But a romantic (Romantic even) attachment to the north does not mean I do not feel a sense of rootlessness. My wife and I watched Up in the Air recently too. Again - I do not share the George Clooney character's jaded world view, thankfully, but I can readily relate to the scenes in which he returns home and expects to be part of a family he has ignored the rest of the time. And again - I don't ignore my family completely, but neither do I fully engage with it. My own family - my wife, my son - is a full time thing. But my other family - the family I grew up with - is something I step in and out of. Well, perhaps I am never truly 'out' of it. But then I could also say I was never truly 'in' either.

I have a vision of a family - a large extended family - eating at a long table outside under the shade of vine leaves, babes in their mother's arms, youngsters eating short pasta while the older ones laugh and joke with grandparents. It's a kind of preposterously jovial Italian family dinner from the 1950s. Where it comes from I don't know - but could not be further from my own family experience. Perhaps I have concocted it simply to be disappointed by my own family's inability to match it.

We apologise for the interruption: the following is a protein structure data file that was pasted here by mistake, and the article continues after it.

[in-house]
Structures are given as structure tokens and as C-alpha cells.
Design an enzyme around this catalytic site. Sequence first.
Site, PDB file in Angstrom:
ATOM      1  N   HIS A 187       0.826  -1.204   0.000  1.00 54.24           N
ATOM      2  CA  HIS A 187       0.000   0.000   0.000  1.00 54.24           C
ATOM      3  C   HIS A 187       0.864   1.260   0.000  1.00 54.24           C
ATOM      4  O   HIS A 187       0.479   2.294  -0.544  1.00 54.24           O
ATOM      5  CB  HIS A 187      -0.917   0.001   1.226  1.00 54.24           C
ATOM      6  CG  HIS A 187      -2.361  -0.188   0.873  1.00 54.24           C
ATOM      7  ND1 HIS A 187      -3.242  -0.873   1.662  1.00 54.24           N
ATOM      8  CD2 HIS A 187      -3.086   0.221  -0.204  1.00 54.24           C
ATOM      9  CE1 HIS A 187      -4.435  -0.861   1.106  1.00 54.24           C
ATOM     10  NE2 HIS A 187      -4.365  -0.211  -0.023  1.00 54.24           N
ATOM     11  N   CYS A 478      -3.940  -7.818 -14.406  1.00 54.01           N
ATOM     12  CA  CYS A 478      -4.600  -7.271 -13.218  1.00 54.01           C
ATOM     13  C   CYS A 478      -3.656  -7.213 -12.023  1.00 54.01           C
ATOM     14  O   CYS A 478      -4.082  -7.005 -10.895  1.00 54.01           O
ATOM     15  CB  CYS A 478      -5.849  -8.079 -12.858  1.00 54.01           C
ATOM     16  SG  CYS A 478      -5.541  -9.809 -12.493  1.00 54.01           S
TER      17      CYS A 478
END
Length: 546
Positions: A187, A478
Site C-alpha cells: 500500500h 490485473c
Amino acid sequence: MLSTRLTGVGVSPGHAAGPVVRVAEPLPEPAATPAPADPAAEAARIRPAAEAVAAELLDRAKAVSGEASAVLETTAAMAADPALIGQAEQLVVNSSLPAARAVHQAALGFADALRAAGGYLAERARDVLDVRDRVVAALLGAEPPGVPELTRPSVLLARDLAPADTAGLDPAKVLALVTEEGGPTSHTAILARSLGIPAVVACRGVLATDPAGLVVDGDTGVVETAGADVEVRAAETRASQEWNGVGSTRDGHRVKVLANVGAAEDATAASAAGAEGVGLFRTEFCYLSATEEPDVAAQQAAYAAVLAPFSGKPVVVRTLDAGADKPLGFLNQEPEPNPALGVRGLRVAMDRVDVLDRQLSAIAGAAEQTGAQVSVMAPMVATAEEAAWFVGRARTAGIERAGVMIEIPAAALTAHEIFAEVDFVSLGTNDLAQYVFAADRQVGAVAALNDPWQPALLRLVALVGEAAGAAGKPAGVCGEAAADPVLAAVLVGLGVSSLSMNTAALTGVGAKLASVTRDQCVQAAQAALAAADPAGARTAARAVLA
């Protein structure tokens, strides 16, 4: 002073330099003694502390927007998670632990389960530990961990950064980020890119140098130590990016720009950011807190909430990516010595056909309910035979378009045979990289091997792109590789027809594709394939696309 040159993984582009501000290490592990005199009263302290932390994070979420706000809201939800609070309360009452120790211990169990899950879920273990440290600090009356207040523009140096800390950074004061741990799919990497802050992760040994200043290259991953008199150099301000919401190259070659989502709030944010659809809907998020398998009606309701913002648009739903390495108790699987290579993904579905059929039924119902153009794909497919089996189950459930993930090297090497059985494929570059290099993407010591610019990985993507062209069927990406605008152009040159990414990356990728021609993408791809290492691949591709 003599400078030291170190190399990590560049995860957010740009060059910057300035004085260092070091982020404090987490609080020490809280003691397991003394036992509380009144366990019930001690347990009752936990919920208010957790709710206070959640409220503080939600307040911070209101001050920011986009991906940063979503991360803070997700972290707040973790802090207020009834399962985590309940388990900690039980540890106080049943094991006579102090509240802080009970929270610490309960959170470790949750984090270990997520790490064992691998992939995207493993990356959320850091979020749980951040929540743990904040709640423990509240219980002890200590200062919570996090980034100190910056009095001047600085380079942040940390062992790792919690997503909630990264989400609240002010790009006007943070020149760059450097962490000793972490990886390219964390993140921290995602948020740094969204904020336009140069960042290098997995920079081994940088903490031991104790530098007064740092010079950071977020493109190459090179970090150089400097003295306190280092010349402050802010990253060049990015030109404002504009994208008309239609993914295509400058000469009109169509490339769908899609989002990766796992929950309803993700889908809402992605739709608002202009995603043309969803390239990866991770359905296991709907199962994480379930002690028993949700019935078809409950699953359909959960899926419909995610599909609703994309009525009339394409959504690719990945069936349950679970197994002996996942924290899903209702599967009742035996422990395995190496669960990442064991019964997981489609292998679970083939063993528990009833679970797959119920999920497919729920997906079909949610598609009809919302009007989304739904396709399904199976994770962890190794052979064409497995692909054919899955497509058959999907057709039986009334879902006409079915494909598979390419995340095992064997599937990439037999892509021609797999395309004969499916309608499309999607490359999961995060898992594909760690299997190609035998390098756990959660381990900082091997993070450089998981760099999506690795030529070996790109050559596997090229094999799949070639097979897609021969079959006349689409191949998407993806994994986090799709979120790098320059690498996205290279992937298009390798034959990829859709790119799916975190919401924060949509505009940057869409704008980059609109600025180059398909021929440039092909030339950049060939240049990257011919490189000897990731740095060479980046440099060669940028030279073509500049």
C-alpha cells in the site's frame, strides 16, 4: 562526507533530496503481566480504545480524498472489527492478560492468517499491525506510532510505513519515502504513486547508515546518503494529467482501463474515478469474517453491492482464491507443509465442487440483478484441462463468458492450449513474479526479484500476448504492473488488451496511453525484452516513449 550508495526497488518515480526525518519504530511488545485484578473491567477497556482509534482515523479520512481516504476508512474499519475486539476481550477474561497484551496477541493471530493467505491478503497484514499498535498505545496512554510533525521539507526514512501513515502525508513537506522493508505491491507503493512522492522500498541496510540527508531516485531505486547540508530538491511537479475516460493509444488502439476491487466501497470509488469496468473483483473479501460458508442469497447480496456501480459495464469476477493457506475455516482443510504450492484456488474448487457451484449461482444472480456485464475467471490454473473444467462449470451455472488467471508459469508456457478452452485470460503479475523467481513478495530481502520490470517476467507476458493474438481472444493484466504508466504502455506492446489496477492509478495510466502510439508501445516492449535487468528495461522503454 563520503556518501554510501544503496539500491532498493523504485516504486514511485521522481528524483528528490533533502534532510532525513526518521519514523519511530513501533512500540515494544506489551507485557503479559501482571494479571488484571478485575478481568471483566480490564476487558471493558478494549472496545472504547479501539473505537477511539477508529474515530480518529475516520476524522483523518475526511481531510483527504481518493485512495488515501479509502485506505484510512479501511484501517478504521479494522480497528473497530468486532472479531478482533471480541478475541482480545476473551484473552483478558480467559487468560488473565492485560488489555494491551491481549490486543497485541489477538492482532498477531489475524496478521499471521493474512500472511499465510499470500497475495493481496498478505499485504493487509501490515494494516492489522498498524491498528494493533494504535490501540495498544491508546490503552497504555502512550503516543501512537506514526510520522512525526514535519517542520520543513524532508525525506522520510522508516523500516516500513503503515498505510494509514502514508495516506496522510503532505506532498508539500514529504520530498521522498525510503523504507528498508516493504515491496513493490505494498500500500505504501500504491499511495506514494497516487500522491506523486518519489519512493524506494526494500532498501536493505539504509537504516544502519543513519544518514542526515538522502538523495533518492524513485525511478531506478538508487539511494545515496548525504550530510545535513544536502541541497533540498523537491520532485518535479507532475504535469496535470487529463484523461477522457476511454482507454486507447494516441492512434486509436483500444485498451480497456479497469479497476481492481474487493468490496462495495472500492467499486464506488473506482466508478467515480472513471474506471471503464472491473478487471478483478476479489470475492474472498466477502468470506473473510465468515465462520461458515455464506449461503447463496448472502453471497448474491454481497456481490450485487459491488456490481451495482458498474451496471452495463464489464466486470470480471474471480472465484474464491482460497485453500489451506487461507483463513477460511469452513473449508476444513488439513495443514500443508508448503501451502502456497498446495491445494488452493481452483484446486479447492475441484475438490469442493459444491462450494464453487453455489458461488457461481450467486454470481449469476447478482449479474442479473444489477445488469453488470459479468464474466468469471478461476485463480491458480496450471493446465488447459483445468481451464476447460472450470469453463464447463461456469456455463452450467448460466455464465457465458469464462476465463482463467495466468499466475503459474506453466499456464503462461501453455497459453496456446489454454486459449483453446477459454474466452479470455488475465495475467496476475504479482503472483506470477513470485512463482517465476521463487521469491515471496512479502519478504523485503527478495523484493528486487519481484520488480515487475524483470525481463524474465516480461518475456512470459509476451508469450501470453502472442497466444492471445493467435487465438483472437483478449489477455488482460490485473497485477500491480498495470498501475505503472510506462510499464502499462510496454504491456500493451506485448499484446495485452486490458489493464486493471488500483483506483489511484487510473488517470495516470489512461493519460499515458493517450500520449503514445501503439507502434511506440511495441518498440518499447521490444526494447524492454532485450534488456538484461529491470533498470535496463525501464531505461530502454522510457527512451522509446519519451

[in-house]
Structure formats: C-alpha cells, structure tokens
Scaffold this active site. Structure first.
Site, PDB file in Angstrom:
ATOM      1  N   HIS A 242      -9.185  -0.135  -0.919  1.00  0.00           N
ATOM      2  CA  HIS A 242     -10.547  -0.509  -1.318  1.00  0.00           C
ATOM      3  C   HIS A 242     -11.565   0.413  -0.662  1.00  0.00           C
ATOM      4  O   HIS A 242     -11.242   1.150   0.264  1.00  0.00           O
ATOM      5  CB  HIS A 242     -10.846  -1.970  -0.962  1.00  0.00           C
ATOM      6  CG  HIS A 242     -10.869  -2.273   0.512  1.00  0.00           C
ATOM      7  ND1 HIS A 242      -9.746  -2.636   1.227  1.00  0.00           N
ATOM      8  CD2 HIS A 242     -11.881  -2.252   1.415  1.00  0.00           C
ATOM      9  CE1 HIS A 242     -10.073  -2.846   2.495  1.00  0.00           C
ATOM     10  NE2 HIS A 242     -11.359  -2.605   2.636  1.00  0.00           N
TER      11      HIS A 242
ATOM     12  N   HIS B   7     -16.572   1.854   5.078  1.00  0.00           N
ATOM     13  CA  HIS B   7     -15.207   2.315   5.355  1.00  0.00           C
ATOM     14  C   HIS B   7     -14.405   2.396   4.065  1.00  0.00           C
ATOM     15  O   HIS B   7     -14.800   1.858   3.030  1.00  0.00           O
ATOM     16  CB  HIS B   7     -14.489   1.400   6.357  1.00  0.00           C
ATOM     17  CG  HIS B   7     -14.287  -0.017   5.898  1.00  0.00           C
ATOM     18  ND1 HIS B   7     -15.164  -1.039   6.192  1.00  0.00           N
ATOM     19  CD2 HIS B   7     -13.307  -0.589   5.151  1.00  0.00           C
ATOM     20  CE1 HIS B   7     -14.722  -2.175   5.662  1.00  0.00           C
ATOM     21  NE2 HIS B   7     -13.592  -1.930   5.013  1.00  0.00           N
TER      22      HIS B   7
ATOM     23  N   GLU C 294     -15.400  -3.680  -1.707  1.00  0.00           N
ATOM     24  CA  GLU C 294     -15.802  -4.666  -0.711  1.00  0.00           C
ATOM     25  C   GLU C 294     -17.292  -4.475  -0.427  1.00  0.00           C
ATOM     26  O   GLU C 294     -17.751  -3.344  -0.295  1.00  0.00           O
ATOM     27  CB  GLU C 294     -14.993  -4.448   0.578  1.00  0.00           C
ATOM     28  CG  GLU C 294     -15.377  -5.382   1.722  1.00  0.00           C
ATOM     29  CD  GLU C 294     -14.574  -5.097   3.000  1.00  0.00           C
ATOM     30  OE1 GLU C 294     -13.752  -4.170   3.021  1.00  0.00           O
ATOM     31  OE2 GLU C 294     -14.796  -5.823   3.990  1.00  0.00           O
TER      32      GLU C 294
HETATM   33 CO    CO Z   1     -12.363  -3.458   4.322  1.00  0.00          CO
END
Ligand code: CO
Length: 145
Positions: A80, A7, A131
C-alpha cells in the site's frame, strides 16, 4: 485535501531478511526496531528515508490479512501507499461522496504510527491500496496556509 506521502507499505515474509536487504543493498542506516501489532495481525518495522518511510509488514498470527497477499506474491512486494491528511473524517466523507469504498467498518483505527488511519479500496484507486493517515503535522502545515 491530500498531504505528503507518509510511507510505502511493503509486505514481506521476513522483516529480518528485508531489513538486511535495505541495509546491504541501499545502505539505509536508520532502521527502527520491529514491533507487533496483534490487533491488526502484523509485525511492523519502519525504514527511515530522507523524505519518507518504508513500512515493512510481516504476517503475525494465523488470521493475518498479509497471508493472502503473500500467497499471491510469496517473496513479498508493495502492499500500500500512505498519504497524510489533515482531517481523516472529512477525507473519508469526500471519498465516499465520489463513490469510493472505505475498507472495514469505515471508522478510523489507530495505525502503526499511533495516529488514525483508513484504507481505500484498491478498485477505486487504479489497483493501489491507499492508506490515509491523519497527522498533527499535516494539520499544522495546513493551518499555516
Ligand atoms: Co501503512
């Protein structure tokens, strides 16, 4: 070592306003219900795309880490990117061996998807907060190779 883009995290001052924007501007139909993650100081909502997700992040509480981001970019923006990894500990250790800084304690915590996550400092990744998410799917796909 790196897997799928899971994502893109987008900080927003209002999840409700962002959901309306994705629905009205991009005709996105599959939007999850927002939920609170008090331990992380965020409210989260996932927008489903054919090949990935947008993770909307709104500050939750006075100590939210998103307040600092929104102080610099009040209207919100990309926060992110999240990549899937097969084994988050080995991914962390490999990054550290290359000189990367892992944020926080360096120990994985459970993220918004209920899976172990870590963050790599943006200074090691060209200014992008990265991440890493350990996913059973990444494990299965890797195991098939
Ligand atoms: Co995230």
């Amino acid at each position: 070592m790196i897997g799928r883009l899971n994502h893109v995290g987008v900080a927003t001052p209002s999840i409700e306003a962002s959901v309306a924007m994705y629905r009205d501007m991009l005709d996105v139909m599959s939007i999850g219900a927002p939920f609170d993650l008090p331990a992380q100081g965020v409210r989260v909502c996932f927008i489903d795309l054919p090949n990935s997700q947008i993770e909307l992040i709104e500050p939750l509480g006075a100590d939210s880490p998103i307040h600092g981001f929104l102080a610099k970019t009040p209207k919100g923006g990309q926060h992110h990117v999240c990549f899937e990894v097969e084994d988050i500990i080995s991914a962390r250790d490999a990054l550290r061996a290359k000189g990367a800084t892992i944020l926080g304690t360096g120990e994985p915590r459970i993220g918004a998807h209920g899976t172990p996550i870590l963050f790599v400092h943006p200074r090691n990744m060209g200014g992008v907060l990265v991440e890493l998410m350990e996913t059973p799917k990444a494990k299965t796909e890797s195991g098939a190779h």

Tuesday, 3 May 2011

Big guns

Much as it offended my liberal principles later, when I was an art school rebel, it was kind of cool having a dad who fired very big guns when I was a kid. This is a picture of my father at Napier Battery in Gibraltar where we lived in the mid 1960s.

By a strange coincidence, given where my father ended his days, this 100 ton monster of a gun was manufactured by Armstrong of Newcastle-upon-Tyne in 1879. Nicknamed The Rockbuster could send a 2,000 lb shell up to eight miles.